The UK has more than doubled its limit on contactless card payments, allowing users to pay up to £100 a time.

The threshold for single transaction was previously £45.

The new contactless card payment limit was announced in March by the Financial Conduct Authority (FCA) to encourage more consumers to use contactless card payments for higher value transactions in the future.

However, the latest increase is not expected to take effect immediately as businesses may have to upgrade their technology to enable higher payments.

The British Retail Consortium said that it could take ‘days, weeks or even months’ for businesses to adopt the new change while some stores may choose not to go with it, The Guardian reported.

It also said that customers should check with individual stores their maximum contactless limit while making payments.

Meanwhile, the new change has triggered concerns among industry experts about an increased risk of fraud.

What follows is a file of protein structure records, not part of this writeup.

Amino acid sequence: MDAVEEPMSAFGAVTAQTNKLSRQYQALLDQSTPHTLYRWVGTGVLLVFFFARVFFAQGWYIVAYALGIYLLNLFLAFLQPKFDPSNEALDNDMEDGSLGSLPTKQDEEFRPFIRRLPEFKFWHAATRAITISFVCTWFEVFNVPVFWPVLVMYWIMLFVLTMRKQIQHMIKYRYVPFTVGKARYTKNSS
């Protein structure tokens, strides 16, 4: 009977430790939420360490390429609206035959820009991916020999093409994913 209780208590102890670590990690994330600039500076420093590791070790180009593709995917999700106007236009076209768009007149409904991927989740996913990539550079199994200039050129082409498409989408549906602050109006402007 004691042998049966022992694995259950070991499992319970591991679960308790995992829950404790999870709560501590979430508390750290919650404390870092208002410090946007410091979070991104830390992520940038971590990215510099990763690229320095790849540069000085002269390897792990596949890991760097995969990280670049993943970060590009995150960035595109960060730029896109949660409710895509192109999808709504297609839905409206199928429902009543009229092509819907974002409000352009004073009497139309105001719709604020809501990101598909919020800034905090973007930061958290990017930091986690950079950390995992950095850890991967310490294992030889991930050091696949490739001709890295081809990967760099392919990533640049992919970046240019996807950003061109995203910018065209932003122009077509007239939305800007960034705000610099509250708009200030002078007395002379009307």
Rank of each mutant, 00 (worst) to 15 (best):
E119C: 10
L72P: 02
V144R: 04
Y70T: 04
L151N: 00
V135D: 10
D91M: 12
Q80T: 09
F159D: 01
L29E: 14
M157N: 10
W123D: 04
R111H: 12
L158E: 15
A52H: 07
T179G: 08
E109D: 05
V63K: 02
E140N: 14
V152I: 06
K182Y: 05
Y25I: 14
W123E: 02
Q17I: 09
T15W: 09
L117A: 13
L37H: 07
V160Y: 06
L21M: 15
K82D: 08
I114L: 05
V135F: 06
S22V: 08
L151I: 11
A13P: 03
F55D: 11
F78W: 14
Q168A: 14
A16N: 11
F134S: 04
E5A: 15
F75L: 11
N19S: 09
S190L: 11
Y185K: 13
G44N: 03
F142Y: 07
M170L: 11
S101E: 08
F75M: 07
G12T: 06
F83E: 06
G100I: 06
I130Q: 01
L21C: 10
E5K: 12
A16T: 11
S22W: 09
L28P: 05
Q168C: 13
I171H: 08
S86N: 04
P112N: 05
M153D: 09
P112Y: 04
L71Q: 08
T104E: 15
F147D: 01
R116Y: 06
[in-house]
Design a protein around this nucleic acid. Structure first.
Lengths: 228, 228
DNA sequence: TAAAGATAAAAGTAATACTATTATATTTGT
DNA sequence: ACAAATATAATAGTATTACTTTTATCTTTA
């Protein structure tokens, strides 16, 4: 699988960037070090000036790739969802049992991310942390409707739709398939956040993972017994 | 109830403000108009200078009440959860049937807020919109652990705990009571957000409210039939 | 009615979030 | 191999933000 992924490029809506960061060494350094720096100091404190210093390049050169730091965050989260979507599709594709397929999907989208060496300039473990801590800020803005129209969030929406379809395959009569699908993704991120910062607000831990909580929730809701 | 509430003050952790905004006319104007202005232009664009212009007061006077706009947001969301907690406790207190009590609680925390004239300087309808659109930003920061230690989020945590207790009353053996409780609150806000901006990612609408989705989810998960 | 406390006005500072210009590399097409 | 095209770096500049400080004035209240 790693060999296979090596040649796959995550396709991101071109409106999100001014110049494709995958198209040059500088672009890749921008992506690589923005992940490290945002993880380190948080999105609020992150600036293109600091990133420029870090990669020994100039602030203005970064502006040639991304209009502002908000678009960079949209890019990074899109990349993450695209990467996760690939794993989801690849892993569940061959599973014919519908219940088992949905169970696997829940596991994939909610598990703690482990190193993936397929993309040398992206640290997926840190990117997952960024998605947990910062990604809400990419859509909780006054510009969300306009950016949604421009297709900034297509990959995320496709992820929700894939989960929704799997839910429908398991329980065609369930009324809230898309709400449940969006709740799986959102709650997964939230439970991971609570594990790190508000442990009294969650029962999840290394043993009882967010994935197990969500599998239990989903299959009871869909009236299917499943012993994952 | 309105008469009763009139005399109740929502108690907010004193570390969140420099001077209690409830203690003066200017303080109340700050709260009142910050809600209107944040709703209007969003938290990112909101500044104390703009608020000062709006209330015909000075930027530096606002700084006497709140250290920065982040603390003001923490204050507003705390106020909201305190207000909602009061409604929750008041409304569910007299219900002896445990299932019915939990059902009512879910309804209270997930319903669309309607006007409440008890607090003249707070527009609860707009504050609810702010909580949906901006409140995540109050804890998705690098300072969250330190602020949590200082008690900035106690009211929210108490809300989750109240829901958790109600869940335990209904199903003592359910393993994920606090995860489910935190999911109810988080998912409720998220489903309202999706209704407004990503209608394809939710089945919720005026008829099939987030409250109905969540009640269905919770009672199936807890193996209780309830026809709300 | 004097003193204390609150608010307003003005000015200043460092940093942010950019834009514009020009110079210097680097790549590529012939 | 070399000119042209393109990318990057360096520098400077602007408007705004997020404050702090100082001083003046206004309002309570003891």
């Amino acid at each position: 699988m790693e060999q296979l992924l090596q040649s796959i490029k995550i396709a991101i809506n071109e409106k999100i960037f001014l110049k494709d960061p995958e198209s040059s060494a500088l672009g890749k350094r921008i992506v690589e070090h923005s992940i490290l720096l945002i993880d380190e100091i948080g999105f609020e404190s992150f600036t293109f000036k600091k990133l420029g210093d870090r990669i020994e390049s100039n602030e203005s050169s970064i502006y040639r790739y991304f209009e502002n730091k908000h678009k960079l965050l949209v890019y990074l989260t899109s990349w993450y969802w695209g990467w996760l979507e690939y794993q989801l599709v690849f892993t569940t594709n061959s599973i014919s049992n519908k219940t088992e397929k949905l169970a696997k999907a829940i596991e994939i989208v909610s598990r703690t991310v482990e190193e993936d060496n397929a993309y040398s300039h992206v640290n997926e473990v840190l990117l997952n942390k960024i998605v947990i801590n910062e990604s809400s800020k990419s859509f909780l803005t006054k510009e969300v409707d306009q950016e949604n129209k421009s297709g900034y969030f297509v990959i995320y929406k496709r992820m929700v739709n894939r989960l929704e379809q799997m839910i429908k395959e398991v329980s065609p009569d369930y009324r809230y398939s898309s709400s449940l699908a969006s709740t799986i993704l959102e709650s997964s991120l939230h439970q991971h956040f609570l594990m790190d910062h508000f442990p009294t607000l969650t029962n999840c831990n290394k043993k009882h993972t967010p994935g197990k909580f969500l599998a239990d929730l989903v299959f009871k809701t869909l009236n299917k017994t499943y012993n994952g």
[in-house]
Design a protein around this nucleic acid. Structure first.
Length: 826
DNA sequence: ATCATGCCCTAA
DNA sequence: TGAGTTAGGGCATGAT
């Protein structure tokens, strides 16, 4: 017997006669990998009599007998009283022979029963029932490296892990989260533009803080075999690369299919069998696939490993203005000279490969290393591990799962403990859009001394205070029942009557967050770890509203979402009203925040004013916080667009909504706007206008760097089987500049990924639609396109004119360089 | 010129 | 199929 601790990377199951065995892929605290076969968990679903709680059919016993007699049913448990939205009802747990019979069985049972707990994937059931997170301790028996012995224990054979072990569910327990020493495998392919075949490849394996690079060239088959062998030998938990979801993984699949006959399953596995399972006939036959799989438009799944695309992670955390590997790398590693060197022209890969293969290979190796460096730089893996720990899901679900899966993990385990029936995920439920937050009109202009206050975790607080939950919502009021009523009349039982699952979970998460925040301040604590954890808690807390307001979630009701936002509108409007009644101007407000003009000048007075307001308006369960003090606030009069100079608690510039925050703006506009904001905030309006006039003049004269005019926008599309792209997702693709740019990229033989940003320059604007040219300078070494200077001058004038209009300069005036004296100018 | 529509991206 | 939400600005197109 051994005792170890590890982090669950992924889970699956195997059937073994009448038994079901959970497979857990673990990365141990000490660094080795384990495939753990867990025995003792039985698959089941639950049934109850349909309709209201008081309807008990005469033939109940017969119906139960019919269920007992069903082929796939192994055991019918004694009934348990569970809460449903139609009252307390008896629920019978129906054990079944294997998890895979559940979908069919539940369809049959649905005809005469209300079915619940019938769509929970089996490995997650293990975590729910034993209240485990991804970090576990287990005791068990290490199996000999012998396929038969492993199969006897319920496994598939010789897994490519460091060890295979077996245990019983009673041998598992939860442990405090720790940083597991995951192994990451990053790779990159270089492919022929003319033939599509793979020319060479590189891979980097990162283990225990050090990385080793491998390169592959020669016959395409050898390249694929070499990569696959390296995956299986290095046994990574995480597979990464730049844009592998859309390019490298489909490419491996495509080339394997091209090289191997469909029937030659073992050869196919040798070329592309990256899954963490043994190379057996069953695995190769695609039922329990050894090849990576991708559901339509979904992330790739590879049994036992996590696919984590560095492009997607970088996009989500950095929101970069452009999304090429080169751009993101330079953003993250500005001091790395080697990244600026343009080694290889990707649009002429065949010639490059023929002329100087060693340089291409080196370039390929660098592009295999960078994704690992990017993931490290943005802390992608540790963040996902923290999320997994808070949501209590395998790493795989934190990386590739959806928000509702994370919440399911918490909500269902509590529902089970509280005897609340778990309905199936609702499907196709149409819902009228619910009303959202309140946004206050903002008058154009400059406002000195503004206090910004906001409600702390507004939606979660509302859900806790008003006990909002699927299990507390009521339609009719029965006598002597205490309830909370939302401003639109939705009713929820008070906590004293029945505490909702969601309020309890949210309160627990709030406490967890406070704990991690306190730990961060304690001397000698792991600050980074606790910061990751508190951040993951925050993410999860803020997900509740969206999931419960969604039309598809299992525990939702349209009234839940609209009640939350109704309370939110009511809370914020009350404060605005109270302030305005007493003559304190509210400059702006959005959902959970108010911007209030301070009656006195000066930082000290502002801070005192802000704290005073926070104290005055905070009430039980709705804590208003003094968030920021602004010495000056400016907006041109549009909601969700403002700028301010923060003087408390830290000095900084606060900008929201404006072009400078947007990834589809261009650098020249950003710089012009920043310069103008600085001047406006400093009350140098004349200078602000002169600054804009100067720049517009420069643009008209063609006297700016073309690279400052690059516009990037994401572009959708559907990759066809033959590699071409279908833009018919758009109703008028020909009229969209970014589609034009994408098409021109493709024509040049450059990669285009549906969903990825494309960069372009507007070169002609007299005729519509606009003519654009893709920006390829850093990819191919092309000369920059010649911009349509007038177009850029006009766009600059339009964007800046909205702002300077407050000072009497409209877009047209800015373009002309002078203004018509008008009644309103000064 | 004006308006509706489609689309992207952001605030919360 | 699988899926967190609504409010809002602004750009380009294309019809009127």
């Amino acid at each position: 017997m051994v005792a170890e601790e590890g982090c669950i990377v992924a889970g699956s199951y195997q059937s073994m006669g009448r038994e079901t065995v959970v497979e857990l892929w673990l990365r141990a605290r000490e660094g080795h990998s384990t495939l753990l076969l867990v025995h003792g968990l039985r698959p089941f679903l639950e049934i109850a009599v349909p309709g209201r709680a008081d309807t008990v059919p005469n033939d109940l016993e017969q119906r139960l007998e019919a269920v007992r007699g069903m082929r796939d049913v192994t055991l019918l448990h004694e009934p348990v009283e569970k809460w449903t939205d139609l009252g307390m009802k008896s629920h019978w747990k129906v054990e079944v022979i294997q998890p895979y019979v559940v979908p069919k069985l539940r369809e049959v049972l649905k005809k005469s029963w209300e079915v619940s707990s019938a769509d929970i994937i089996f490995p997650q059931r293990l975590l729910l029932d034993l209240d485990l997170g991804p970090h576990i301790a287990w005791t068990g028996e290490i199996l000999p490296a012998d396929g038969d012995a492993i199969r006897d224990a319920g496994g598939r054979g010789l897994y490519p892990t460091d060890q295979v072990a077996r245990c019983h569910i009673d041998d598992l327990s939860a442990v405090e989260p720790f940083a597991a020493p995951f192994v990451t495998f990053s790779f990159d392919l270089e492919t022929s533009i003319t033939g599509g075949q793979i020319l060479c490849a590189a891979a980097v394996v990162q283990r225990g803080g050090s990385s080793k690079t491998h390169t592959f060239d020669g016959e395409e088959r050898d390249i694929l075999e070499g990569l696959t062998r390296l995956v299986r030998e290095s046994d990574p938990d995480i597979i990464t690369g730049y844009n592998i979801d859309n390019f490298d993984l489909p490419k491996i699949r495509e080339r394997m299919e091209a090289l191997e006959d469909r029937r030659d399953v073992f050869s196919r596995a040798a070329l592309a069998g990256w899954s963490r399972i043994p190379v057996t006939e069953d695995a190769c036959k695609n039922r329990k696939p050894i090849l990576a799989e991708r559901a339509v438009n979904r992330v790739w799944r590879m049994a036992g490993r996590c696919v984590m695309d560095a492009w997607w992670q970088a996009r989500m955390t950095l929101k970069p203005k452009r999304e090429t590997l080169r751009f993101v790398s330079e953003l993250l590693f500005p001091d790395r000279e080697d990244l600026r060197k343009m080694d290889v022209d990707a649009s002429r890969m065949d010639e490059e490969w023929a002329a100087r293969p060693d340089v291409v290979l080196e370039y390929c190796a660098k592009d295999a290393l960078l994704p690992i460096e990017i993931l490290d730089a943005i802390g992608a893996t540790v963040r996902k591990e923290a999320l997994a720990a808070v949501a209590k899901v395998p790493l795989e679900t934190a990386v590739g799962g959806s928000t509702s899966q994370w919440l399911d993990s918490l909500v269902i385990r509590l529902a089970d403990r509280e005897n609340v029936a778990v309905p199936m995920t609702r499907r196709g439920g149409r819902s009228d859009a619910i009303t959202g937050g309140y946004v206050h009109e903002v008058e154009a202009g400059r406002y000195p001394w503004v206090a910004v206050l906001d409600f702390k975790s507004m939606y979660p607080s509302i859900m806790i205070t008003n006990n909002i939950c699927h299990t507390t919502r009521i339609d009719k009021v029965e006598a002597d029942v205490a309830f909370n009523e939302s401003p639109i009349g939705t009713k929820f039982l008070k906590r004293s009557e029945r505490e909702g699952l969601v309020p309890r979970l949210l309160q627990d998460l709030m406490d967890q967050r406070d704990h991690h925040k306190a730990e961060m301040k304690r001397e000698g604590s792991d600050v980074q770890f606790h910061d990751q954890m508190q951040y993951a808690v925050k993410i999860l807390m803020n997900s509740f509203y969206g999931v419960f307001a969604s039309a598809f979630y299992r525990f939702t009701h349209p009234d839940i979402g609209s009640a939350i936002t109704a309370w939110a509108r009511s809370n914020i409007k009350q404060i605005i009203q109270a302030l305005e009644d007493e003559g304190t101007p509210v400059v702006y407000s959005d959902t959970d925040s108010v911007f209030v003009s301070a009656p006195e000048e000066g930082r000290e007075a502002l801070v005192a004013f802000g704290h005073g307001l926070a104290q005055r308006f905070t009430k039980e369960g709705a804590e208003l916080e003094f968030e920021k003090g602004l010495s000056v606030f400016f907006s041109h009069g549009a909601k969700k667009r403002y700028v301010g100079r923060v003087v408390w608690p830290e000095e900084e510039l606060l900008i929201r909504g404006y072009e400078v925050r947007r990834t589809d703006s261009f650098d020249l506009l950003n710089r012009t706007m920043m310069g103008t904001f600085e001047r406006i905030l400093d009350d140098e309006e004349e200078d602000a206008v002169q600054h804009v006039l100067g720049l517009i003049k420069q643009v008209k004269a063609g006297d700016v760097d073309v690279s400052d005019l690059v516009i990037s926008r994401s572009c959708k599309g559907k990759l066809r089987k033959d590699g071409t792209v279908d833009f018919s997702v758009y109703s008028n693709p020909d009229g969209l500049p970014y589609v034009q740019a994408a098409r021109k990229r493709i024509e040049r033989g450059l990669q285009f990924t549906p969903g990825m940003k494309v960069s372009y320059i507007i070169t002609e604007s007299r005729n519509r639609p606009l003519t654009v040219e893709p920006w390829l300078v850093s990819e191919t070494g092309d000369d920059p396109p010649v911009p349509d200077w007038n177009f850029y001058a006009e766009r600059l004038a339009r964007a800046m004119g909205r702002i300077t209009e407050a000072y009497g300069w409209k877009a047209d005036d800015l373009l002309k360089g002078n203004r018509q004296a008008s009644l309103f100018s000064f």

While seeking views on raising the contactless limit to £100, the regulator said that it is important that payments regulation keeps pace with consumer and merchant expectations.

Contactless card payments were introduced in the UK in 2007, with transaction limit set at £10.

This limit was later increased to £15 in 2010, £20 in 2012, and then to £30 in 2015.

The FCA increased the contactless limit from £30 to £45 last April in response to the Covid-19 pandemic and changing consumer behaviour.

According to data from the banking trade body UK Finance, over a quarter of all payments in the UK were contactless last year.